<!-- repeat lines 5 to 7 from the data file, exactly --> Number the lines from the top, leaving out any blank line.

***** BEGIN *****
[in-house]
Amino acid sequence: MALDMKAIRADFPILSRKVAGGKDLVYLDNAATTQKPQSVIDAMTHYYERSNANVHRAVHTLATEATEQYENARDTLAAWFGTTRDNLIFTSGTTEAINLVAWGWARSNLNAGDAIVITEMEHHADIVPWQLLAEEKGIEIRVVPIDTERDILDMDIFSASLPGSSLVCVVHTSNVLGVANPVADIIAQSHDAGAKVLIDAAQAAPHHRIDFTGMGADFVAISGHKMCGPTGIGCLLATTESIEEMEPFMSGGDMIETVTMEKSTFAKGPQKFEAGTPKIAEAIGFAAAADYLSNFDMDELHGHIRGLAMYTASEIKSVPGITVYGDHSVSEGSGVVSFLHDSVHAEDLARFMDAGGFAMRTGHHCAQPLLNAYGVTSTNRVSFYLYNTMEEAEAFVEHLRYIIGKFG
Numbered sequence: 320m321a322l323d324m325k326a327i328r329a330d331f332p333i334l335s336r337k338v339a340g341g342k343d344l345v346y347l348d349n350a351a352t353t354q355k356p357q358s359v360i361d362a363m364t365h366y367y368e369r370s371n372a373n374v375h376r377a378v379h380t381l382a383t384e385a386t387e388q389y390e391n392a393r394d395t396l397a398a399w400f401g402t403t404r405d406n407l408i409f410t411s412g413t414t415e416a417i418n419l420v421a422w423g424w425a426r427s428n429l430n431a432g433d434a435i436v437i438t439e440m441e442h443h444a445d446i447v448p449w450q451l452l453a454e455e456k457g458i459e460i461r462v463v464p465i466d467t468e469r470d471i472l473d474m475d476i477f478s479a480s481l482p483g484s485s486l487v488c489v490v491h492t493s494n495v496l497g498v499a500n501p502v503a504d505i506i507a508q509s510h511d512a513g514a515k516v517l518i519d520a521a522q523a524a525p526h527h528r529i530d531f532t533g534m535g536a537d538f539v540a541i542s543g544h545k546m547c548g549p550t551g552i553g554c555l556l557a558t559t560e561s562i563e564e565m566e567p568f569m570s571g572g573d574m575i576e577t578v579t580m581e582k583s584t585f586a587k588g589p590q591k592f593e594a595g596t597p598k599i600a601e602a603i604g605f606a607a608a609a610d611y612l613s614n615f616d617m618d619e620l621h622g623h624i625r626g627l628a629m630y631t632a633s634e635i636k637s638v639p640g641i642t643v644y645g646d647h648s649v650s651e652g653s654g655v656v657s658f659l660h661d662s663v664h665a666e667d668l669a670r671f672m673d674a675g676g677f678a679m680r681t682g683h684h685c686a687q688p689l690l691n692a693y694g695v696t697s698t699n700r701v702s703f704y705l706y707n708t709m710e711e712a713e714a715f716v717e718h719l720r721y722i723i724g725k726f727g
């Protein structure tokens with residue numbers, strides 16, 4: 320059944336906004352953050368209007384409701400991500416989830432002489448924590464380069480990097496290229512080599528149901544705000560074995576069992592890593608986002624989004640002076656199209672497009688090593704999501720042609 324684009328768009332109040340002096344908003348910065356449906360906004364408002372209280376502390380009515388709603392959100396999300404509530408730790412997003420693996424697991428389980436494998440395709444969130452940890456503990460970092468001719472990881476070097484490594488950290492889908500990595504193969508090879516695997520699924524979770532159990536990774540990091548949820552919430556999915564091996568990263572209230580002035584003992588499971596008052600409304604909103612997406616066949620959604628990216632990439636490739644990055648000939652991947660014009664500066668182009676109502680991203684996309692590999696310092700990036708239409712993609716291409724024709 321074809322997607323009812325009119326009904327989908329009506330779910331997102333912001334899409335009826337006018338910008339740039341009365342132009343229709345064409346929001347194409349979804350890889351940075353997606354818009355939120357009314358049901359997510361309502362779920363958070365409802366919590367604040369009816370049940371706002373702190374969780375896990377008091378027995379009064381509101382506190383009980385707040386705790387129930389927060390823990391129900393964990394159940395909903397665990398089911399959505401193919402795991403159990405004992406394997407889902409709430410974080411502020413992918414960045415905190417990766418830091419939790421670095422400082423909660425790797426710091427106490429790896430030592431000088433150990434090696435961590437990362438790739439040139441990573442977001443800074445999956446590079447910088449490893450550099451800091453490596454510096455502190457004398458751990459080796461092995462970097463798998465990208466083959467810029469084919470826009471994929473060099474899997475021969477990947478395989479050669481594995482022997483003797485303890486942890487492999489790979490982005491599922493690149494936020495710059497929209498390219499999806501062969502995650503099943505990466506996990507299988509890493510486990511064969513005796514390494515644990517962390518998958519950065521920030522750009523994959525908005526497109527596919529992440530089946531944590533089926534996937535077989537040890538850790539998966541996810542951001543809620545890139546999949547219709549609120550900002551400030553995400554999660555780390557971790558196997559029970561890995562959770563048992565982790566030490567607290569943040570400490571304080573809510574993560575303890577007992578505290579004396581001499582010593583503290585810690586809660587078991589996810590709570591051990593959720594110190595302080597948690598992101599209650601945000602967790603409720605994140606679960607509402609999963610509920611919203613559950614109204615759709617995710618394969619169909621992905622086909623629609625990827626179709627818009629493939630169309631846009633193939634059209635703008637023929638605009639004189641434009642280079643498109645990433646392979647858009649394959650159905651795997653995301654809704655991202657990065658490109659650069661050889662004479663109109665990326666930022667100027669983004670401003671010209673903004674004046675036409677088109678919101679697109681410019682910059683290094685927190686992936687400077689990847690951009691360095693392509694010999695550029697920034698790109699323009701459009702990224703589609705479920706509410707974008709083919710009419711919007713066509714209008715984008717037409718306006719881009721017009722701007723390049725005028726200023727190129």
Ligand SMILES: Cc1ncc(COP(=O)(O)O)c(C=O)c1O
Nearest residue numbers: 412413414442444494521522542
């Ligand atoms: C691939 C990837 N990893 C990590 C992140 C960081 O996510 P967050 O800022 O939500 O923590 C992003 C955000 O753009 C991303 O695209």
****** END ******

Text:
Ligand SMILES: Cc1ncc(COP(=O)(O)O)c(C=O)c1O
Nearest residue numbers: 412413414442444494521522542
């Ligand atoms: C691939 C990837 N990893 C990590 C992140 C960081 O996510 P967050 O800022 O939500 O923590 C992003 C955000 O753009 C991303 O695209």